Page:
We now operate in an environment of enhanced transparency and accountability, however, and the fire service must do a better job articulating why we do what we do and communicating the return-on-investment of current response models. When considering options, an honest assessment of the risks the community would assume by implementing alternatives should also be presented.

The standards of cover process is an excellent tool to establish a method for measuring risk and identifying a commensurate manner in addressing or mitigating risks. The Center for Public Safety Excellence (CPSE) and Commission on Fire Accreditation International (CFAI) has a well-defined process and guidebook references available. The standards of cover process, and the accreditation model as a whole, is the most comprehensive and structured process to measure and articulate deployment decisions I have seen in my career.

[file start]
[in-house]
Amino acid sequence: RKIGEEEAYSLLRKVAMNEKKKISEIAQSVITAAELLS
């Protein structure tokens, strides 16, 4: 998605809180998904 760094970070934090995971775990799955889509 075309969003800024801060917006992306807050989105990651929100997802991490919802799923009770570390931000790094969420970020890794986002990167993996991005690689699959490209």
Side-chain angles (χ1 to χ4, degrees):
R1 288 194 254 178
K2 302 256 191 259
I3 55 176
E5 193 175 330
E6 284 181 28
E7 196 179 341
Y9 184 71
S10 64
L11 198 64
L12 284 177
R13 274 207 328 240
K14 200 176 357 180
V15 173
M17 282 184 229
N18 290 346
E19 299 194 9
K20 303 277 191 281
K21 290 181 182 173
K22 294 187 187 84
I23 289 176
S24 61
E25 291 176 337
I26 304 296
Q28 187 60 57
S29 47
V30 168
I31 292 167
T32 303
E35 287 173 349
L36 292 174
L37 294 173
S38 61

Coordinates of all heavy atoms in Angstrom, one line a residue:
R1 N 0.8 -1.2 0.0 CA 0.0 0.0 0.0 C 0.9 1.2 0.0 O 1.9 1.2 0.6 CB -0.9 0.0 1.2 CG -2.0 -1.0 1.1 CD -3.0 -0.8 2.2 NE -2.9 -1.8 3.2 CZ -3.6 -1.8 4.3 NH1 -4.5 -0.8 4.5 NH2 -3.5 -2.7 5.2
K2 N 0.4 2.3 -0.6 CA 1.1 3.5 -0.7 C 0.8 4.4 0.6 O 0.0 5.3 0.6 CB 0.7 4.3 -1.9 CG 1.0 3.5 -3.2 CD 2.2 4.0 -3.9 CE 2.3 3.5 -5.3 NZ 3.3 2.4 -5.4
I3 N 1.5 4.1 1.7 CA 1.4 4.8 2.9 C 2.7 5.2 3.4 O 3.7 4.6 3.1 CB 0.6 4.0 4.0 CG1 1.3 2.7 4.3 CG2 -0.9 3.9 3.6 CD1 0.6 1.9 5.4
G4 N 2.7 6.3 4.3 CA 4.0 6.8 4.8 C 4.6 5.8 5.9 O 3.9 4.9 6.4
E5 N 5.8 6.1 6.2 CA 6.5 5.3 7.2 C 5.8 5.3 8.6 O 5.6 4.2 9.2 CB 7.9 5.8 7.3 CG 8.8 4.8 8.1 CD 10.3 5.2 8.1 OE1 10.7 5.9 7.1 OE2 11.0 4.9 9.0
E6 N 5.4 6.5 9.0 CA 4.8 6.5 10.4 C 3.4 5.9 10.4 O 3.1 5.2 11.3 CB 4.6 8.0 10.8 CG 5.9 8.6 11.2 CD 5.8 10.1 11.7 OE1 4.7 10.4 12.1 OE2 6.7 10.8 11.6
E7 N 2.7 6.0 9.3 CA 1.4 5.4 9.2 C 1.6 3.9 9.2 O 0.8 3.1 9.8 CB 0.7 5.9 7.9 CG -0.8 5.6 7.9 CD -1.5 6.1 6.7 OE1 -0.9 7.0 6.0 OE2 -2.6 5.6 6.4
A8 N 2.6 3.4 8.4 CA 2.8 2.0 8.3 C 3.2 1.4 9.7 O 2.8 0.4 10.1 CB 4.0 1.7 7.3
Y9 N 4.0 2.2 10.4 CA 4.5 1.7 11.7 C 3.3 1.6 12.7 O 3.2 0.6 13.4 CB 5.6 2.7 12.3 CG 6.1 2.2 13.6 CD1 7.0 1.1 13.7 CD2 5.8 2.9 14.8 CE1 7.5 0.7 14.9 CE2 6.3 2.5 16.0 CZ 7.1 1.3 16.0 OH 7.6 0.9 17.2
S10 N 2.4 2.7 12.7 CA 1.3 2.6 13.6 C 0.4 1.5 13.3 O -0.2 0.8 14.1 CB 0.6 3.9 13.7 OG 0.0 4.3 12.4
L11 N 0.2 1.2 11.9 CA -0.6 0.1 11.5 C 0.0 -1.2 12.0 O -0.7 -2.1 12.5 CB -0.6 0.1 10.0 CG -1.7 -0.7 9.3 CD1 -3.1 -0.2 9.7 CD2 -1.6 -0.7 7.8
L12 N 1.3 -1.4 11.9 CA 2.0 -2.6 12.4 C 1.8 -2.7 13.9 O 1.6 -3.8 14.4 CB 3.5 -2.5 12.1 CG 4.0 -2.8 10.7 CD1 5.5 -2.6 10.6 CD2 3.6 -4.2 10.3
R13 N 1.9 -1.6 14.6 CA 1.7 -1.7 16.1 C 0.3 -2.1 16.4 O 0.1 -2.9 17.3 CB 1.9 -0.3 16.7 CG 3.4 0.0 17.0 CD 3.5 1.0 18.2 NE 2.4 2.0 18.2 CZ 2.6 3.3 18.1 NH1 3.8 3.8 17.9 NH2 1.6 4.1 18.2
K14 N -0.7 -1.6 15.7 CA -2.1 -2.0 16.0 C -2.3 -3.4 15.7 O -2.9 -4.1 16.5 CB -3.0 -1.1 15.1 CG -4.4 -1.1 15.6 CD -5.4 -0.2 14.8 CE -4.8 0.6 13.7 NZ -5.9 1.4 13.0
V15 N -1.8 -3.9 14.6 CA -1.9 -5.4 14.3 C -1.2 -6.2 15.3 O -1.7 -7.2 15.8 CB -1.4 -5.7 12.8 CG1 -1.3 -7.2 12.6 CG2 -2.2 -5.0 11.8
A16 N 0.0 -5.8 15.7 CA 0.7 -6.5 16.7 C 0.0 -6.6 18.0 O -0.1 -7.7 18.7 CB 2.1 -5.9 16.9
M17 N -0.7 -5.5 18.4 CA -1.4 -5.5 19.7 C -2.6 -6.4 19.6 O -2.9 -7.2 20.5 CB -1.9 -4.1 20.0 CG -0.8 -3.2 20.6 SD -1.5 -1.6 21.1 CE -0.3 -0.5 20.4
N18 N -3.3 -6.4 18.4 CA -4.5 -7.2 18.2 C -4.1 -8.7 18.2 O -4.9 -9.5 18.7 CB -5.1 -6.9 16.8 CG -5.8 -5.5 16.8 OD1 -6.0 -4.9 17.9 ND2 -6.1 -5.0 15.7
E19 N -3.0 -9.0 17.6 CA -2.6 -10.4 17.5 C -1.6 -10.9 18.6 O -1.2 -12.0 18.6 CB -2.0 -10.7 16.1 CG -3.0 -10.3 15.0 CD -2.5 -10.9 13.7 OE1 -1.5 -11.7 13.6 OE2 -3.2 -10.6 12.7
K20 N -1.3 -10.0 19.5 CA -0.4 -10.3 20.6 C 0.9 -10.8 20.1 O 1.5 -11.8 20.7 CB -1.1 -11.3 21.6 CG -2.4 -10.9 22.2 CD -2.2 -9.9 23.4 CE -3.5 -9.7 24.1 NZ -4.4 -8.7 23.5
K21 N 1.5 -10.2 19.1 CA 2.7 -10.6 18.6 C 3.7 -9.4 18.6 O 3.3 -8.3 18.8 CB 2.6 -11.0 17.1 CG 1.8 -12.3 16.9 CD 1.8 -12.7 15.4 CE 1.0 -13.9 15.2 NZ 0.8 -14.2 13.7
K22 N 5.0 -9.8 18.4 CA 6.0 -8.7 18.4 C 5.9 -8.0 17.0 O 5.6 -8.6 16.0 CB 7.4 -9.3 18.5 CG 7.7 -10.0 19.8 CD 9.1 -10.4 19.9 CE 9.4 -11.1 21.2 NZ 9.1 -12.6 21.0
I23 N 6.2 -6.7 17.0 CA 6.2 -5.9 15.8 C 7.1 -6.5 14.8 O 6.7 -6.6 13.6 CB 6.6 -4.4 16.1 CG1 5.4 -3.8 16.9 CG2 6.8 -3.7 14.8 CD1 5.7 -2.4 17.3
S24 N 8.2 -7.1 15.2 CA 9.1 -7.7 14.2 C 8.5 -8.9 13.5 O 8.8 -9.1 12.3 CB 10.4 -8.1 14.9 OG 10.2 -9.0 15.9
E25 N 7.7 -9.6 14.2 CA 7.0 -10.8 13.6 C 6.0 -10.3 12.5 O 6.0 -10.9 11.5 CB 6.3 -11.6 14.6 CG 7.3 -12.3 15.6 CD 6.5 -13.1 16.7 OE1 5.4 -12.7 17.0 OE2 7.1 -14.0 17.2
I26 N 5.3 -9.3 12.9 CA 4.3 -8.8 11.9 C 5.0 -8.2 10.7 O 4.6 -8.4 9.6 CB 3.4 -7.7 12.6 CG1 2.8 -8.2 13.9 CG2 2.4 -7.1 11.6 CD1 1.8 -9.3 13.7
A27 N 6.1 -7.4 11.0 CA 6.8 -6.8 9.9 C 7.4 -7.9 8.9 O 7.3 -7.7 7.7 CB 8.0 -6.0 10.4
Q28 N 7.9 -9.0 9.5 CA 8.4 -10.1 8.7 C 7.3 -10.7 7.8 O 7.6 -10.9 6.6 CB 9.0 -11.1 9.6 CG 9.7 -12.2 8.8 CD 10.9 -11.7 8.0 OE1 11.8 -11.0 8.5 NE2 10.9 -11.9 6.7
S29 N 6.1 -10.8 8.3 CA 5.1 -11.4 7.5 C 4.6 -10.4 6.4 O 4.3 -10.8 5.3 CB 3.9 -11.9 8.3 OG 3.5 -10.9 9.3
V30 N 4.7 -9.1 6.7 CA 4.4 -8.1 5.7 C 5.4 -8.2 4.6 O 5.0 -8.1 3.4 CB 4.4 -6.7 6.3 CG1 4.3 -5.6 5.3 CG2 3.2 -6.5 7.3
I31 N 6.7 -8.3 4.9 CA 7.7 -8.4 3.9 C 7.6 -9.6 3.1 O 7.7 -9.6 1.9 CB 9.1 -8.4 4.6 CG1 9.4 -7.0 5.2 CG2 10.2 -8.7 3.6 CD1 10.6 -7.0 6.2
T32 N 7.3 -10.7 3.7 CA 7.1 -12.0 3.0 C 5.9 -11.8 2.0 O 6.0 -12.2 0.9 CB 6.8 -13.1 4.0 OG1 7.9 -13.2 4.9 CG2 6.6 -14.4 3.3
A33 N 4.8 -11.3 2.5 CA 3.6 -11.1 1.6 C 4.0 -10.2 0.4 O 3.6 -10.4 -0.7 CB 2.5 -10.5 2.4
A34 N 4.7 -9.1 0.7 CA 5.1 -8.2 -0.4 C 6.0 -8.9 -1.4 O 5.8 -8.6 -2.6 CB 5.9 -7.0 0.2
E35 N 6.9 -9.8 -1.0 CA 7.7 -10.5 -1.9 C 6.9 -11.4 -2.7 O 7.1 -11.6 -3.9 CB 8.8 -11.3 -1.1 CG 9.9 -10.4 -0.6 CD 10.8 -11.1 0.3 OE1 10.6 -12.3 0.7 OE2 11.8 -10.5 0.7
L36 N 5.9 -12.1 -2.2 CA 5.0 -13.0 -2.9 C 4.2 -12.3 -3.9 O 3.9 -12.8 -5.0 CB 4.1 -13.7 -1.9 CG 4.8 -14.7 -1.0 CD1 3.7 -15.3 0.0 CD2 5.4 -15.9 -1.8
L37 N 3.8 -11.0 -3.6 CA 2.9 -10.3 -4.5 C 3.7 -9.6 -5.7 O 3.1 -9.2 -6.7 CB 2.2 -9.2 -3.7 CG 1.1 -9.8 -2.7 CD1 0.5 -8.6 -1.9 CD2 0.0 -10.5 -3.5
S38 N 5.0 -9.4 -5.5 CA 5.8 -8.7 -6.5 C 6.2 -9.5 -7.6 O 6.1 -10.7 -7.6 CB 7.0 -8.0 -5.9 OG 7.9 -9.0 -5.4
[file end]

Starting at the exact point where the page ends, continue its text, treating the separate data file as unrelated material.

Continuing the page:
Establishing base-level services and introducing peak demand units

The traditional fire suppression deployment model is a readiness model. It  is predicated on always having sufficient resources ready for response. Since we do not generate our own emergency work, there can be high costs associated with such a high state of readiness or availability.

As communities search for alternatives to ensure long-term sustainability, there are times when replicating the current emergency services readiness model is challenging. What a number of communities are beginning to do is establish the baseline readiness required to handle the identified community risks 24/7. To achieve a more fiscally-efficient method for addressing growing call volume is to introduce peak demand units, which only function during the peak hours of the day while maintaining all baseline services.